John Tribe's office is full of the macabre reminders of judicial history.
A noose hangs menacingly behind his desk. A set of wooden pillories is placed in front of it. A sign warning debtors they are entering Newgate jail welcomes visitors.
For good measure, there are even some fake "hacked-off" ears in a jar - symbolic of the punishment once awaiting those who refused to give the authorities the details needed to deal with their bankruptcy cases.
Things are a lot more civilised today, of course. But there is still a price to pay for bankruptcy, particularly among politicians - public ignominy and, sometimes, a ban from Parliament.
Mr Tribe, a law lecturer at Kingston University, is setting up an archive of documents about this most arcane of subjects.
Among his collection is a handwritten ledger, compiled by the Royal Courts of Justice, of all MPs and peers declared bankrupt between 1902 and 2001.
The first entry refers to Lord Alfred Douglas, best known as the lover of Oscar Wilde; the last is that for former Conservative MP Neil Hamilton.
Mr Tribe is looking to tell the stories behind the sometimes dry-as-dust entries.
He said: "Until recently bankruptcy was seen as a rather 'dirty' area of law. It was regarded as something to be dealt with by accountants, with lawyers only taking the occasional interest.
"But it is fascinating. Gradually people are looking at it more and more and this record of MPs and peers is part of that."
Bankruptcy in England and Wales is defined by the government as the process of becoming free from "overwhelming debts so you can make a fresh start, subject to some restrictions". It also means "assets are shared out fairly" among impatient creditors.
The law has evolved over several centuries and there have been some gruesome developments along the way.
From the early 1600s, those refusing to talk to the authorities about their assets were put into pillories, onto which their ears were nailed, eventually being cut off.
In the 1700s, hanging was introduced for the same offence.
While this punishment gradually fell out of favour, parliamentarians whose financial affairs declined into an unmanageable mess faced special sanctions.
From the late 19th Century they were banned from the Palace of Westminster if they could not get their affairs back in order within six months.
In recent years, the law has changed so that only MPs and peers placed under bankruptcy restrictions orders - applying to those deemed to have been negligent or foolish in getting into that situation - are excluded.
Mr Tribe said: "It means only the more 'naughty' bankrupts can be barred from being in Parliament nowadays. We are talking about people like gamblers or reckless speculators."
Looking through the ledger shows far more peers than MPs have been declared bankrupt.
'Fleeing the realm'
Arguably the most famous on the list is Lord Lucan, a renowned society figure and gambler.
An entry in 1975 notes: "That with intent to defeat or delay his creditors, he departed out of England on or about 8 November 1974 and being out of England, remaining out of England with like intent, or alternatively has with like intent departed from his dwelling house, or otherwise absented himself with like intent to the date hereof".
So the assumption is that Lord Lucan ran away for financial reasons, rather than to escape trial for allegedly killing his children's nanny, with which most people associate his name.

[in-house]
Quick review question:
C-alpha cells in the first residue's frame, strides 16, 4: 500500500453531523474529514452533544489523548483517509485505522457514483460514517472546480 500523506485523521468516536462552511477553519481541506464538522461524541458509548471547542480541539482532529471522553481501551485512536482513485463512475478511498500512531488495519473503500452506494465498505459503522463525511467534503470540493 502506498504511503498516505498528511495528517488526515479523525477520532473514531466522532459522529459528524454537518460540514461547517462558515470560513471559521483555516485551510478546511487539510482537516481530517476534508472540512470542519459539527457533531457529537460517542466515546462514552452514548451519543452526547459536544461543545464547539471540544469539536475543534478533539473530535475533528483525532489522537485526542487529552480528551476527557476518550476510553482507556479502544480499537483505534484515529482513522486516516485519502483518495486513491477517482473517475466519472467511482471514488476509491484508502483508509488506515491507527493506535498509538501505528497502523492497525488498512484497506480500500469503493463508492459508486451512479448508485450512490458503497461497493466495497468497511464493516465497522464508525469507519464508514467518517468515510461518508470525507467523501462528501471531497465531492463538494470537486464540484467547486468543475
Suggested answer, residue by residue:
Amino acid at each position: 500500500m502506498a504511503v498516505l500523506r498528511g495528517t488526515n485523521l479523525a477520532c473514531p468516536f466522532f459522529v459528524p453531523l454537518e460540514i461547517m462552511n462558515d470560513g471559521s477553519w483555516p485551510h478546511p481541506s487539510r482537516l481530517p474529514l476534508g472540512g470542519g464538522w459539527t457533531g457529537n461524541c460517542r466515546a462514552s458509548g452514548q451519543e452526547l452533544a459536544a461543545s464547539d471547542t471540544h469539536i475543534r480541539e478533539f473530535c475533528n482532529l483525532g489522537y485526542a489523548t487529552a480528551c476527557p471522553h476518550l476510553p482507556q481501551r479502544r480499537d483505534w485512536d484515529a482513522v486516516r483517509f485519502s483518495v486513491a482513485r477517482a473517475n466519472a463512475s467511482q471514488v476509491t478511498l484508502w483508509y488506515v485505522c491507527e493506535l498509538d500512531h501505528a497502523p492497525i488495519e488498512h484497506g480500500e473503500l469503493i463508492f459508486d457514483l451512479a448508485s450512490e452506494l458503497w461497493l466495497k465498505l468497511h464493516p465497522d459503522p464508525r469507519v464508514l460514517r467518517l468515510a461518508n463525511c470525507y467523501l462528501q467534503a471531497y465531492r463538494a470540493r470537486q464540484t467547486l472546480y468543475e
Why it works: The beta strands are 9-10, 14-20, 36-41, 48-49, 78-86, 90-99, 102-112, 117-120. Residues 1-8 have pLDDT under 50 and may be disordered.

It has never been proved that the peer left the country, although his abandoned car was discovered at the cross-Channel port of Newhaven, in East Sussex.
Mr Tribe said: "Prior to 1986 there were a lot of other tests to say whether someone was bankrupt. One was not occupying a house, ignoring the door. Another was fleeing the realm.
"Many people assume that Lucan did this. The court must have thought that there was a compelling case to say that Lucan had fled to avoid his creditors. The creditors themselves must have been fairly sure that he had fled the realm ."
Next to Lucan on the ledger is Labour MP John Stonehouse, the only person to appear twice in its pages.
He faked his own death in Miami in 1974, fled to Australia, but was captured, found guilty of fraud, and extradited to the UK.
Stonehouse was declared bankrupt in 1975 and again in 1976.
The qualifications for appearing on the ledger are a little hazy at times.
One of the figures included is Arthur Maundy Gregory, the man convicted in 1933 of selling honours for cash. Neither a peer nor an MP, his brush with the bankruptcy courts in 1934 is chronicled.
As for Mr Hamilton, who famously lost his Tatton seat in the 1997 election to independent candidate Martin Bell, he only merits a single line.
It gives the very basic details of his bankruptcy, declared in 2001, after his expensive court case against Harrods owner Mohammed al-Fayed.
This was four years after he had left Parliament and had no role in ending his political career, raising a question as to why it is included.
Mr Tribe argues that much of the record-keeping is left to the discretion of officials, some being more keen to fill in details than others.
Recently the law has focused more on rehabilitating, rather than stigmatising, those made bankrupt.
Mr Tribe hopes that politicians - except the "naughtiest" among their ranks - can gain a little more understanding from the public, perhaps a tough request at a time of economic austerity and in the wake of the revelations about MPs' expenses.
He said: "We've had 500 years of negativity attached to the word 'bankrupt'. There's still going to be a perception among voters that someone who's got into such difficulties might not be the best person to represent them in Parliament, that they bear a good deal of the responsibility."
At least the noose or the pillory no longer awaits them.